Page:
Barberries or Zereshk (an essential Persian Ingredient)

A simple explanation on how to use barberries in your kitchen.

A simple explanation on how to use barberries in your kitchen.

Estimated reading time: 3 minutes


What are Zereshk or Barberries?

Barberries, Berberis or Zereshk in Persian are a delightful, useful, and once you use it, indispensable ingredient in your pantry. It’s one of those ingredients like Sumac and Sundried Tomato Paste that makes you a believer from the first use and have you going, “How did I ever survive without it?”

There are many different types of barberries, depending on which part of the world they grow. Some of the shrubs are grown for their ornamental value, with their yellow coloured leaves, red or black berries.

The edible type is called Berberis Vulgaris and pretty much grows wild in Asia and Europe.

Barberries are a crucial part of any Persian kitchen, making themselves known by imparting not only a gorgeous burst of colour but also a marked tart and tangy flavour.

How to use Zereshk?

  • As a cooking ingredient: It’s a simple matter of soaking them in tepid water for about 10 minutes, squeeze dry and use whole or chopped up.
  • As a garnish:  sauté them in butter and a little sugar to counteract the tartness, before using them whole.
Morasa Polow, Persian Jewelled Rice
Persian Jewelled Rice

How to Cook with Barberries?

They can be used in any recipe where you want a hint of fruity tartness:

  • in rice or couscous
  • in salads
  • as stuffing
  • in kababs and sausages
  • in cakes
  • in cookies (just like cranberries)
  • with their high pectin levels, great in jams

I use them in many of my dishes, Middle Eastern or otherwise, and they are wonderful in all manner of recipes. Barberries are a key ingredient in many Persian rice dishes, one of the most famous of these is Morasa Polow or Jewelled Rice (click for recipe).

Recipes using Zereshk

Morasa Polow (Persian Jewelled Rice)
The King of all Persian dishes, the Persian Jewelled Rice or Morasa Polow bedazzles the eye with twinkles of red, green, orange and gold. Morasa means jewels.
Last Updated May 2023.
Get the Recipe!
Morasa Polow, Persian Jewelled Rice
Zereshk Polo Morgh (Persian Barberry Rice with Chicken)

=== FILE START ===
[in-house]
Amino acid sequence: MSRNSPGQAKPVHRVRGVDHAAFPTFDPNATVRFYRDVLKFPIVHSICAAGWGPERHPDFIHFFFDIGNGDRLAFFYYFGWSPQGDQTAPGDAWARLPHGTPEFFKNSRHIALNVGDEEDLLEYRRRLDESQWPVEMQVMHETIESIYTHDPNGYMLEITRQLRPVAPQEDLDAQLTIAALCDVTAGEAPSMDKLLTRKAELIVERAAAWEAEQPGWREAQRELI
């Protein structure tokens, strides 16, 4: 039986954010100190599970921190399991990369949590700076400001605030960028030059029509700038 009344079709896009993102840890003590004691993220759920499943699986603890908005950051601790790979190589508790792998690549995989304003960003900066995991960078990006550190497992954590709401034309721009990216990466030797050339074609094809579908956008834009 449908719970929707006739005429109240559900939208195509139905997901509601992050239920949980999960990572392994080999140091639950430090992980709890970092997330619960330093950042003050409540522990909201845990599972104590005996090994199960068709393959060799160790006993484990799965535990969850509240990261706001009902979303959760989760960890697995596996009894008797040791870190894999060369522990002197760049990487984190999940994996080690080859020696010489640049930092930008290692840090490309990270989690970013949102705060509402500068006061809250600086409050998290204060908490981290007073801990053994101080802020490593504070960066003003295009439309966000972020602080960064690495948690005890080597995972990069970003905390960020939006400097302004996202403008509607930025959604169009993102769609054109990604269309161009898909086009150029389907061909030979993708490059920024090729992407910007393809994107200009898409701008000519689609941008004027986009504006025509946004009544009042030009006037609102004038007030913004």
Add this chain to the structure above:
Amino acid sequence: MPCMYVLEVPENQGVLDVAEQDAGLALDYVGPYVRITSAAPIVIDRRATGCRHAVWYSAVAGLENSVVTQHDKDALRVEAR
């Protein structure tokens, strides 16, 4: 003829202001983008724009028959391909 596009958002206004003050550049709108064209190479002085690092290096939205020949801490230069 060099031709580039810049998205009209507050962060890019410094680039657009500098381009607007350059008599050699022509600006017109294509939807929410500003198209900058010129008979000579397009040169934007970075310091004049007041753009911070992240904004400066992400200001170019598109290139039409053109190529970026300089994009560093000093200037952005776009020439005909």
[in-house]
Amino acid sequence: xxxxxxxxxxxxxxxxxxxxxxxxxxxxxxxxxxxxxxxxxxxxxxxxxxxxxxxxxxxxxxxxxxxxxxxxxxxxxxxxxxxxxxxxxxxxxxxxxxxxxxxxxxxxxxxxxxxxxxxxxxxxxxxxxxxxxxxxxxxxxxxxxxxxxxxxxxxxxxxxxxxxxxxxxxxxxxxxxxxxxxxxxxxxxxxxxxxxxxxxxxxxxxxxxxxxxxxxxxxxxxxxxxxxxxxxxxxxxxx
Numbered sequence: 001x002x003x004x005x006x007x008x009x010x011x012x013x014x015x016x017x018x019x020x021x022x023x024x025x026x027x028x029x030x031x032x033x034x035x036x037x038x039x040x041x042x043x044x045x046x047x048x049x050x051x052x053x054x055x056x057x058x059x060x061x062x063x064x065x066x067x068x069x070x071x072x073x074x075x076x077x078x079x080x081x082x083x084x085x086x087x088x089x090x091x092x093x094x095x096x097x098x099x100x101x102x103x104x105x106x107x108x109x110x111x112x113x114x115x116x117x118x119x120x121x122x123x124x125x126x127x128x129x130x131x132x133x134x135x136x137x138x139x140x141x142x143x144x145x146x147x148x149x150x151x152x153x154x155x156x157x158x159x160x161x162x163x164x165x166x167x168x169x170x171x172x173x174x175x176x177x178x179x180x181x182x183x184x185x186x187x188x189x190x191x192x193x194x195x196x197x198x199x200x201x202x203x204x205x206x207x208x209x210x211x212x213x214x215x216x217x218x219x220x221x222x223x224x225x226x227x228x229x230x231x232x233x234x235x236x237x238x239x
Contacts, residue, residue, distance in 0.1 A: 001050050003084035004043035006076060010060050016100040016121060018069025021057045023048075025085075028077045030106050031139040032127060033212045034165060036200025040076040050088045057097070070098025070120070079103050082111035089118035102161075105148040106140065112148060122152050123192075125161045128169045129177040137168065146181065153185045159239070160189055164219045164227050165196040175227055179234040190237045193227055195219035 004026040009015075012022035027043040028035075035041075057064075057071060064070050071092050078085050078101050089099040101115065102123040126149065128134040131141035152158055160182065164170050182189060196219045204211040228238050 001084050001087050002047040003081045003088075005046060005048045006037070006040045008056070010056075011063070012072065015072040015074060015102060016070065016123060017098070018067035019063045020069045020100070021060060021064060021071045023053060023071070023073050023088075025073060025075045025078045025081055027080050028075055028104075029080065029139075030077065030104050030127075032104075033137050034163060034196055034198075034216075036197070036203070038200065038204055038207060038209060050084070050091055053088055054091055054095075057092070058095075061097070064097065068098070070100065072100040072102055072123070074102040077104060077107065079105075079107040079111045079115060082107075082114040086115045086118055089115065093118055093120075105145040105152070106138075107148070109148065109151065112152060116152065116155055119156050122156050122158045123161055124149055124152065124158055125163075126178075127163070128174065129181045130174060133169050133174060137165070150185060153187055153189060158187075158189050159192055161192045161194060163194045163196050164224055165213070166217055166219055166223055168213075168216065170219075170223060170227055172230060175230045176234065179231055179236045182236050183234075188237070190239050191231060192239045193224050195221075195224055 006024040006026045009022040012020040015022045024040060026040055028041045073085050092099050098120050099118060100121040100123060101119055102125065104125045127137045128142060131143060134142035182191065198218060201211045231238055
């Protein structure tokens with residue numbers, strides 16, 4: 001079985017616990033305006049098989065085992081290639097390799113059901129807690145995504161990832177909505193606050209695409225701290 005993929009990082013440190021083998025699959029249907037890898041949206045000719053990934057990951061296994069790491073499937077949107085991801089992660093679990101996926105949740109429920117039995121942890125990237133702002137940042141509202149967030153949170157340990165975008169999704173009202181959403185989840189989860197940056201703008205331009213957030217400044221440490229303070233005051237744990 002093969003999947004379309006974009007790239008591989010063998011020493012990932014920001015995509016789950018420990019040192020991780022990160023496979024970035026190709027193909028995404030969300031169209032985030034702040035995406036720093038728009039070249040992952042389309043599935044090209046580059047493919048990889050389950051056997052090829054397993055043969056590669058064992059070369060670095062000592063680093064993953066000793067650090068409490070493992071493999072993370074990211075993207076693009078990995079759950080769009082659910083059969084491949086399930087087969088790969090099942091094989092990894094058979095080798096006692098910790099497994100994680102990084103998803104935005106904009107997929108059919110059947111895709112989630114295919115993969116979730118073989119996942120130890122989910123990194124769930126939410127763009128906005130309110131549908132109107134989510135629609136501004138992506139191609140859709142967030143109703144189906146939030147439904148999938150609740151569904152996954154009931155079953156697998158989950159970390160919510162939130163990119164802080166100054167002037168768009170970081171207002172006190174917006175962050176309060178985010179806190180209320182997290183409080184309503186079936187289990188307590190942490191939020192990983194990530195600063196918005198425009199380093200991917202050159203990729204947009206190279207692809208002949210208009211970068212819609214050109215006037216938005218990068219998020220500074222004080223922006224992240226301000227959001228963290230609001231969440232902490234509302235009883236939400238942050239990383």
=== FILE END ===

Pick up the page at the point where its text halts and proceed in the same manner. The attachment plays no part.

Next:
Zereshk Polo Morgh is a simple, yet classic Persian (Iranian) rice flavoured with barberries (zereshk) and served with a chicken (morgh) stew (khoresh).
Get the Recipe!
Persian rice with chicken and row of barberries on the side

Substitute for Zereshk/Barberries

Dried Sour Cherries or Cranberries

So, there you have it, another staple in our global kitchen and hopefully, yours too, soon, if not already. Here in the UK, I purchase them online although when I’m in London and have access to Middle Eastern stores, I do stock up a little bit! I hope you get your hands on some and start experimenting, I would love to hear from you, just drop me a line!

If you like the recipe, don’t forget to leave me a comment and if you’re feeling like a start, that 5-star rating! Thank you!

And if you make the recipe, share it on any platform and tag me @azlinbloor, and hashtag it #linsfood

Lin xx

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How to Use Barberries (Zereshk, an essential Persian ingredient)

A simple explanation on how to use barberries in your kitchen.
5 from 11 votes
Print Pin Add to Collection
Course: Ingredients
Cuisine: Persian
Keyword: ingredients, persian, spices
Prep Time: 12 minutes
Total Time: 12 minutes
Author: Azlin Bloor
Cost: £5/100g ($2/oz)



As a cooking ingredient

  • Soak them in tepid water for about 10 minutes, squeeze dry and use whole or chopped up.

As a garnish

  • Sauté them in butter and a little sugar to counteract the tartness, before using them whole.

You’ll find exact methods in the recipes that I use them in, see my article above.

    Discover more Ingredients!Check out The Ingredients Page

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    4 thoughts on “Barberries or Zereshk (an essential Persian Ingredient)”

    1. I was thinking the same thing as Azlin about pomegranate, but I was thinking of the fresh one they sell year around in the produce section of US mkts. On their own they are shiny, but juicy. Would it go w this dice dish? I used them in a gorgeous Egyptian salad.

      1. Fresh pomegranate always make a lovely “bling” addition to dishes of all kinds. We us it a lot as a garnish on so many of our Middle Eastern dishes, whether that’s rice, salads, dips or stews. So yes, it will go amazingly in any rice dish.
        Have you tried pomegranate molasses, Joy? You’ll love it. You can read more about it here:

    2. Very interesting to read about barberries, Lin. They must make any dish look instantly glamorous! We use dried pomegranate pearls or anardana here for a similar tart flavour but it doesn’t have this lovely colour.

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